Metformin improves memory via AMPK/mTOR-dependent route in a rat model of Alzheimer’s disease

Document Type : Original Article


1 Cellular and Molecular Research Center, School of Medicine, Guilan University of Medical Sciences, Rasht, Iran

2 Department of Physiology, School of Medicine, Guilan University of Medical Sciences, Rasht, Iran

3 Neuroscience Research Center, School of Medicine, Guilan University of Medical Sciences, Rasht, Iran


Objective(s): Metformin, as an insulin sensitizer, is a familiar antidiabetic drug. Increasing evidence points to metformin’s protective effects against Alzheimer’s disease (AD). However, the mechanism is not well understood. The present study evaluated whether inhibiting AMPK and activating mTOR could stop metformin from improving memory in rats with streptozotocin (STZ) -induced Alzheimer’s disease.
Materials and Methods: Twelve-week-old Wistar rats, were injected 3 mg/kg STZ intracerebroventricularly on days 1 and 3 to develop the animal model. Metformin was applied orally at 100 mg/kg (17 days). Forty-five min before the retrieval phase, dorsomorphin (DM; AMPK inhibitor, 2 M) and MHY (mTOR activator, 0.1 M) were administered. Morris Water Maze (MWM) and shuttle box were utilized to measure spatial and passive avoidance memory, respectively. Congo red staining was used to identify cortical amyloid deposition.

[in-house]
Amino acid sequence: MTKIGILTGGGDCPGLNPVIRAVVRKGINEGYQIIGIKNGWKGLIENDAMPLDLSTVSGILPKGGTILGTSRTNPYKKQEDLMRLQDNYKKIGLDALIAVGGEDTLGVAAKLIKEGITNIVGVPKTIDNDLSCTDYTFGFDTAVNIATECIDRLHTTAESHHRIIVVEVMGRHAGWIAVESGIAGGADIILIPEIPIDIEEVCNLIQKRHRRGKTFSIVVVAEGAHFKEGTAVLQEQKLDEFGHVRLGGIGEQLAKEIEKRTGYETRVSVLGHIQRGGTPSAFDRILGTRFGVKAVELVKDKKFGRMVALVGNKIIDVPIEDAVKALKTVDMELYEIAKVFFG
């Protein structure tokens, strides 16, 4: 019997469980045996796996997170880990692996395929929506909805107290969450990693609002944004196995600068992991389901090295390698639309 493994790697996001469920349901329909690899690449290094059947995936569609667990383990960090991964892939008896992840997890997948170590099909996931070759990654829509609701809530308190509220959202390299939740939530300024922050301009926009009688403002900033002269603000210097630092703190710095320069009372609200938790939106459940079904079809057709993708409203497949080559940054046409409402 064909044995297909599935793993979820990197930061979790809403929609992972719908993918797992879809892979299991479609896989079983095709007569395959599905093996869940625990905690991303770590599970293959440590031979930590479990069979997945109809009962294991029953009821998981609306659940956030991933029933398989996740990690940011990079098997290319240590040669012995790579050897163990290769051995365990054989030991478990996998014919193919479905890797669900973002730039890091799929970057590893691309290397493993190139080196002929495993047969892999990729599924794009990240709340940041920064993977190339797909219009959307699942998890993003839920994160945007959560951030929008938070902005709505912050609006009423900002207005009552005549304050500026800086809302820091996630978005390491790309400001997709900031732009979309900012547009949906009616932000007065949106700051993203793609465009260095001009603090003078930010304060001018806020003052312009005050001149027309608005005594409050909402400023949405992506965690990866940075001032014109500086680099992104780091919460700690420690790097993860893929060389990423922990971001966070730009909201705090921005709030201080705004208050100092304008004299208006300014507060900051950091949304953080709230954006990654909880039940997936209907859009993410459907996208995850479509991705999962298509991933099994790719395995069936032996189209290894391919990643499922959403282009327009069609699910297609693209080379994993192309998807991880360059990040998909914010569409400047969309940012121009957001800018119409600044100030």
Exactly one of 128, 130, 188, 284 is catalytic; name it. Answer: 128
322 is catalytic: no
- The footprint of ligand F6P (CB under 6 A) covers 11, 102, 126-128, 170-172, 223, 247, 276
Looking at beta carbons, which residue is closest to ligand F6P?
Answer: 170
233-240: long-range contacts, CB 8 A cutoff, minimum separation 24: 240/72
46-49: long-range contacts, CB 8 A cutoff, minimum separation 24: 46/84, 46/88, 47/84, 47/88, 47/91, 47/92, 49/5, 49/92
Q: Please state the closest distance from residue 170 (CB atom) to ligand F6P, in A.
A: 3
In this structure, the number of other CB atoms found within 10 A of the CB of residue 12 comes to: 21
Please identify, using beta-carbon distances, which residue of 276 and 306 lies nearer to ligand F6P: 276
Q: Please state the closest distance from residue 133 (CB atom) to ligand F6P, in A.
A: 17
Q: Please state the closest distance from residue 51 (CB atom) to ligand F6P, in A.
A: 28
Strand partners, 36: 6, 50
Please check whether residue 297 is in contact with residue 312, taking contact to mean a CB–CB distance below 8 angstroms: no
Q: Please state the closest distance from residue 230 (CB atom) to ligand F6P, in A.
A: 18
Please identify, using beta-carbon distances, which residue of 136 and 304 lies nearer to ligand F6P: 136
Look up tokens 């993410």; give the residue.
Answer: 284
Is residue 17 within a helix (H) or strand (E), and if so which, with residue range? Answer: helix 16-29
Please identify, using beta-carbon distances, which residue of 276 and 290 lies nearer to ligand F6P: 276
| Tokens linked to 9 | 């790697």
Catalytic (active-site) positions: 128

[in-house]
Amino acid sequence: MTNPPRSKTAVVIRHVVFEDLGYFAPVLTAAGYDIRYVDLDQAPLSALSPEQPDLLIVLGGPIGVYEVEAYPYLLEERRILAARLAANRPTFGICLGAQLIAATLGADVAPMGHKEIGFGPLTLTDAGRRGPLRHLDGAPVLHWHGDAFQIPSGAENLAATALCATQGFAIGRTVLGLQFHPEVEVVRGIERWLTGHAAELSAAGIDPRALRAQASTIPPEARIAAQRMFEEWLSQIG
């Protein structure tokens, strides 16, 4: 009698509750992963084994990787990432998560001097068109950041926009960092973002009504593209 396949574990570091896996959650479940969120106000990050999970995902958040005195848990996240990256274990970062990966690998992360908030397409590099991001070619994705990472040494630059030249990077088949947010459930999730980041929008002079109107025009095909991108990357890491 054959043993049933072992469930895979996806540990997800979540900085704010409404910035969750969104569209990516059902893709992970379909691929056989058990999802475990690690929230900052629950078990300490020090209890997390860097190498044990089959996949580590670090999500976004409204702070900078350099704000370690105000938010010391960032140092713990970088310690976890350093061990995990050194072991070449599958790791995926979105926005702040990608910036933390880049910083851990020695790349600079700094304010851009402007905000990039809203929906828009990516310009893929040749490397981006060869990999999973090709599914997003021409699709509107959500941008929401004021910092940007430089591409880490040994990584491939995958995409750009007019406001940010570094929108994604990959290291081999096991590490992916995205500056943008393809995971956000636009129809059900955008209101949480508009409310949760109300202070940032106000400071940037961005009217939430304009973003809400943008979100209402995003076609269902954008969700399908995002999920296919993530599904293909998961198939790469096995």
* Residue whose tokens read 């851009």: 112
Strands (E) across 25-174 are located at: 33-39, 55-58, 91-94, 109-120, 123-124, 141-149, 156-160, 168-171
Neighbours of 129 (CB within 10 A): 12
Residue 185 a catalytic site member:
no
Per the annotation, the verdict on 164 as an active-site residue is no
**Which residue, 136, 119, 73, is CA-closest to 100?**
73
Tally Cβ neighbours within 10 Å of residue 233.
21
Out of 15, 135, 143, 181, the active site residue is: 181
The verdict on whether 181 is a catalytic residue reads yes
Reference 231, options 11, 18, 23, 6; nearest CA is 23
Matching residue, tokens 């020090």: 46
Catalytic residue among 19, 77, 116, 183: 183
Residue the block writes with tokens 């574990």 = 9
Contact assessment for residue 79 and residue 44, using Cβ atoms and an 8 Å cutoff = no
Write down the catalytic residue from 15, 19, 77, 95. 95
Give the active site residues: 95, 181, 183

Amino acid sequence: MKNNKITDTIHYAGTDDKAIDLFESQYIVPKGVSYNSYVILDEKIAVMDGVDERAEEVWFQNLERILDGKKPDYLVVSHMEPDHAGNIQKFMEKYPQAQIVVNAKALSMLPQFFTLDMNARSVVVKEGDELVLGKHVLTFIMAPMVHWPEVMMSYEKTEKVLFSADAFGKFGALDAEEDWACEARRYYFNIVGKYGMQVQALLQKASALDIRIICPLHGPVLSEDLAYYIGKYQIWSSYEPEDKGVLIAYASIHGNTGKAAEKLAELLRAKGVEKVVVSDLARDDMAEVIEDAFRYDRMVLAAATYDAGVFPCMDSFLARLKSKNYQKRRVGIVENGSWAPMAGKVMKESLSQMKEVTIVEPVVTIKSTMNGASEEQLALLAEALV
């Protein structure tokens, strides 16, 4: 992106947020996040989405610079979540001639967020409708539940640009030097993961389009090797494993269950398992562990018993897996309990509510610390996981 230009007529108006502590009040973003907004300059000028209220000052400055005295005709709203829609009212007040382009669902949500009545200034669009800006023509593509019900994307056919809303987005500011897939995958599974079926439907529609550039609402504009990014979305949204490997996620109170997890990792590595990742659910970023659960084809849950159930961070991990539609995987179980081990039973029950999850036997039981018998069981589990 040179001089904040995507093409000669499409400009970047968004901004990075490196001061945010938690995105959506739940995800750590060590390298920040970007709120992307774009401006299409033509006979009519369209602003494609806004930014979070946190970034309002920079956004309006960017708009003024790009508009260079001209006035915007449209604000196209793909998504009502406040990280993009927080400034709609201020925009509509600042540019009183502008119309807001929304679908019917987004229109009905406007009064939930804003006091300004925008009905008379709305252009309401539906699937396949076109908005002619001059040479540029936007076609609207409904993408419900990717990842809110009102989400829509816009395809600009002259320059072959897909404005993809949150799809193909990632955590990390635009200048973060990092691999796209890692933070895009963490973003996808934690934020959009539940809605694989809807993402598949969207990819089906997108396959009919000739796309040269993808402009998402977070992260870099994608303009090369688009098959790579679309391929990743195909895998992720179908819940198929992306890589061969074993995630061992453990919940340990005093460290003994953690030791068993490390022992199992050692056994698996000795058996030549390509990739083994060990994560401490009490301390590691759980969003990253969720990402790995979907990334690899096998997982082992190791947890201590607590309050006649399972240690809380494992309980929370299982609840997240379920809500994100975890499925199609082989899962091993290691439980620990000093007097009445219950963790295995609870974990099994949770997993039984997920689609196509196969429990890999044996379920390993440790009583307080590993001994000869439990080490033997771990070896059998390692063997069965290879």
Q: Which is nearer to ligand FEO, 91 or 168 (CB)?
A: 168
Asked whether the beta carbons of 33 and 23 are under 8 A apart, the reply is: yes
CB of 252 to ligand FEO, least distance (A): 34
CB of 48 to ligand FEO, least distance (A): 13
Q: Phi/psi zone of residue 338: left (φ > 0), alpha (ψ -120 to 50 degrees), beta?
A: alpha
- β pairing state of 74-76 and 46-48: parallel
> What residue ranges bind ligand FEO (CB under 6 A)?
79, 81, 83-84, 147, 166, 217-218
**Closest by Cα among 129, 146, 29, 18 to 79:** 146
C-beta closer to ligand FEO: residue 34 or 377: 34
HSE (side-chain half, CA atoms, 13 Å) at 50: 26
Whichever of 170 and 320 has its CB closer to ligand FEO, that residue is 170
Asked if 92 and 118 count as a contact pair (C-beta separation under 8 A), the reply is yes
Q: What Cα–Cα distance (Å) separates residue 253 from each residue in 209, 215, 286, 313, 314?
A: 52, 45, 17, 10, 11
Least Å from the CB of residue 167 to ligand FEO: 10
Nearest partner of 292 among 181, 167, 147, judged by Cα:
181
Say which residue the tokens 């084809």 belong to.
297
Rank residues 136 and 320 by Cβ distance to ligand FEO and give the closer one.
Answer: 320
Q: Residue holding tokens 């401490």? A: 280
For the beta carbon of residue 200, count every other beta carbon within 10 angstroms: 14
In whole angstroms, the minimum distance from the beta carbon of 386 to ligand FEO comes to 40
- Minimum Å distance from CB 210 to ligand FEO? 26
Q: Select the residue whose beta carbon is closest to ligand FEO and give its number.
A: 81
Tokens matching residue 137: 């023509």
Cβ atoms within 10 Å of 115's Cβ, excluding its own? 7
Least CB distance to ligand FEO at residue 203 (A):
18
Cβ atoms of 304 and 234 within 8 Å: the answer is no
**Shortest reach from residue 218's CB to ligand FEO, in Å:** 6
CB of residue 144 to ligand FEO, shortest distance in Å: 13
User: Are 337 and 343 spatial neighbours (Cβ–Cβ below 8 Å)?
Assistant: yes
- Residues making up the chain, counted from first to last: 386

Results: The findings exhibited a considerable enhancement in spatial learning and memory in the metformin treatment group (P≤0.05). Injection of DM and MHY alone could not significantly change MWM and passive avoidance. Additionally, co-administration of DM and MHY increased escape latency (P≤0.001) and reduced the total time spent in the target quadrant (TTS) (P≤0.05) compared to the STZ+MET group during retrieval of MWM. Also, co-injection of DM and MHY increased step-through latency (STL) and decreased time spent in the dark compartment (TDC) compared to the STZ+MET group (P≤0.001).
Conclusion: Metformin appears to have a therapeutic impact by activating AMPK and inactivating mTOR. As a result, it could be used as an Alzheimer’s treatment strategy.


Main Subjects

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